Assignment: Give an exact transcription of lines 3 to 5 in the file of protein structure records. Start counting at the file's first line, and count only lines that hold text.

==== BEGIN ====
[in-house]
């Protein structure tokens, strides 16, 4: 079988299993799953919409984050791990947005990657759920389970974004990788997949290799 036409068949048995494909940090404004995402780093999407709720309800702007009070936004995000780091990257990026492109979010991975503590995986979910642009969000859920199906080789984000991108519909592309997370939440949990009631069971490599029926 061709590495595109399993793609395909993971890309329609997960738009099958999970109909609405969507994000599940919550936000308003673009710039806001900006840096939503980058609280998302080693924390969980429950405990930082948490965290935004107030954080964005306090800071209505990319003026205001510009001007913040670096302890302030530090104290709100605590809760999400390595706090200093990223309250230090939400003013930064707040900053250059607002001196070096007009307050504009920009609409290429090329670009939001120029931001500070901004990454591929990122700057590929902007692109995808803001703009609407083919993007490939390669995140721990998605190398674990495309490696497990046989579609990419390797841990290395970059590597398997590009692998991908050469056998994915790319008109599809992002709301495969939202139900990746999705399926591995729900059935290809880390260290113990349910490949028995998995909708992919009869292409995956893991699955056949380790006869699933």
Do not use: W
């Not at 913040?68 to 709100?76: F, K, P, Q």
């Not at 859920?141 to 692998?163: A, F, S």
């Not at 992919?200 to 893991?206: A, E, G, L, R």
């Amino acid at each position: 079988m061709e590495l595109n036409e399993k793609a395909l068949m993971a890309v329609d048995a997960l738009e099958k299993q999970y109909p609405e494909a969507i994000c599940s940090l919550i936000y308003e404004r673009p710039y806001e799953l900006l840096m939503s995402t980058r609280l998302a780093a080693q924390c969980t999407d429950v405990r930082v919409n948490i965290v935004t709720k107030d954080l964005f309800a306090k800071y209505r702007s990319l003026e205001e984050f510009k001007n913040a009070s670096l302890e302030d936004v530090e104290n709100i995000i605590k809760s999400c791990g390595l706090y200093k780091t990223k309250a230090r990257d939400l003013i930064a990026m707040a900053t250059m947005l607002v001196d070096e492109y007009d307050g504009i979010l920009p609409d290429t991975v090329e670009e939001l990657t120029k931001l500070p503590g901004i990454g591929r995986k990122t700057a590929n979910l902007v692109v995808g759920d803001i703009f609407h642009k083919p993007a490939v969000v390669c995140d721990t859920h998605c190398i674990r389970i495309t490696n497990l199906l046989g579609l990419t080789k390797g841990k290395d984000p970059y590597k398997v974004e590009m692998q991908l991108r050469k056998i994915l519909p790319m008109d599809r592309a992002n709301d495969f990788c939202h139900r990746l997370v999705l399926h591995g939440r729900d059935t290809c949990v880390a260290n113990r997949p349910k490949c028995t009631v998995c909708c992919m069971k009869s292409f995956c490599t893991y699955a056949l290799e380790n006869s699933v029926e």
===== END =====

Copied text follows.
Do not use: W
């Not at 913040?68 to 709100?76: F, K, P, Q």
């Not at 859920?141 to 692998?163: A, F, S």